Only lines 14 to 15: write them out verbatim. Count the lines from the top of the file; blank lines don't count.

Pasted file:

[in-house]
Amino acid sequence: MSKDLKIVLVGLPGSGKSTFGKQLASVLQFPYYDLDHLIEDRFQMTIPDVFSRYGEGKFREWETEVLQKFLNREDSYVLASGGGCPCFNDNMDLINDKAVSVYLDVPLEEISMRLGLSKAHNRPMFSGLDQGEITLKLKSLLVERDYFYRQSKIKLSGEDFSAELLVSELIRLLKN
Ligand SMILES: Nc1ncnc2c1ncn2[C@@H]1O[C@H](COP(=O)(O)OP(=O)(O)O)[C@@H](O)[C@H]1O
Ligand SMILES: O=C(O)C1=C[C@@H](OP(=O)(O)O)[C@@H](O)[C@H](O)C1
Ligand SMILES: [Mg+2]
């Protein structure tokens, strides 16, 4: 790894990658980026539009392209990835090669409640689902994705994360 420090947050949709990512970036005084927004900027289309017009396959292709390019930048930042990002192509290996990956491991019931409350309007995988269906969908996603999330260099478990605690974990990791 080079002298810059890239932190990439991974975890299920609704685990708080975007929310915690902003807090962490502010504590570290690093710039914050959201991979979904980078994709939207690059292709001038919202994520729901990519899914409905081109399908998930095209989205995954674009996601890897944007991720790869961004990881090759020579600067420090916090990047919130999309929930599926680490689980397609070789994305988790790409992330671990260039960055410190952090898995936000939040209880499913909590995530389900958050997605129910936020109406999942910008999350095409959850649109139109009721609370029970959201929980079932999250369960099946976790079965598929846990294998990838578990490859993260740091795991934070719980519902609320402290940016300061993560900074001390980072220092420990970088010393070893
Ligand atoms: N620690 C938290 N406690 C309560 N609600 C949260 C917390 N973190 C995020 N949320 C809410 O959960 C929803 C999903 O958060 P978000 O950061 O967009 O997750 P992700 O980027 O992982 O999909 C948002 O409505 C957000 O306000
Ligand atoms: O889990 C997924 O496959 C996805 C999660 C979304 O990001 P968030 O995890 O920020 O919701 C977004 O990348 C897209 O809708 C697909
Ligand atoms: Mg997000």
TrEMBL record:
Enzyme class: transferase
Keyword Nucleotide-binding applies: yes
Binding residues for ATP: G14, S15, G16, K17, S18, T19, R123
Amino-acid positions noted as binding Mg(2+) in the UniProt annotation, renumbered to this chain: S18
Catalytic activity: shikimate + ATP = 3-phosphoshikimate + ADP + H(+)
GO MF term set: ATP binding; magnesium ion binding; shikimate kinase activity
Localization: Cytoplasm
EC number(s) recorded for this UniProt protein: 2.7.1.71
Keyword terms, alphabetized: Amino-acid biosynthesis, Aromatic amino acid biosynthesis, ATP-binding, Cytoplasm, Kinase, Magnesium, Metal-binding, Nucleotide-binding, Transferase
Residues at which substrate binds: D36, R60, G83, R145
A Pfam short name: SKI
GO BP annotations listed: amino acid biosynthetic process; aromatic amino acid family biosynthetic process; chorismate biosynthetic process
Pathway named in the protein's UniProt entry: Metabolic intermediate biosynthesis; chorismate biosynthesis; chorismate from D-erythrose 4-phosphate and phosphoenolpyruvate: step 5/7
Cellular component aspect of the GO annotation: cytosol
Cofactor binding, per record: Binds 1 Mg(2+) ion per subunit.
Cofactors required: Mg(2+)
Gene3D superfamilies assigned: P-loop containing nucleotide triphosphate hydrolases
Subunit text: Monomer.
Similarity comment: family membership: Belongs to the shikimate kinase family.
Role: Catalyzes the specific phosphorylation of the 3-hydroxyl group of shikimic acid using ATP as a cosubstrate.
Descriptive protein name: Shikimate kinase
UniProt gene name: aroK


Amino-acid positions noted as binding Mg(2+) in the UniProt annotation, renumbered to this chain: S18
Catalytic activity: shikimate + ATP = 3-phosphoshikimate + ADP + H(+)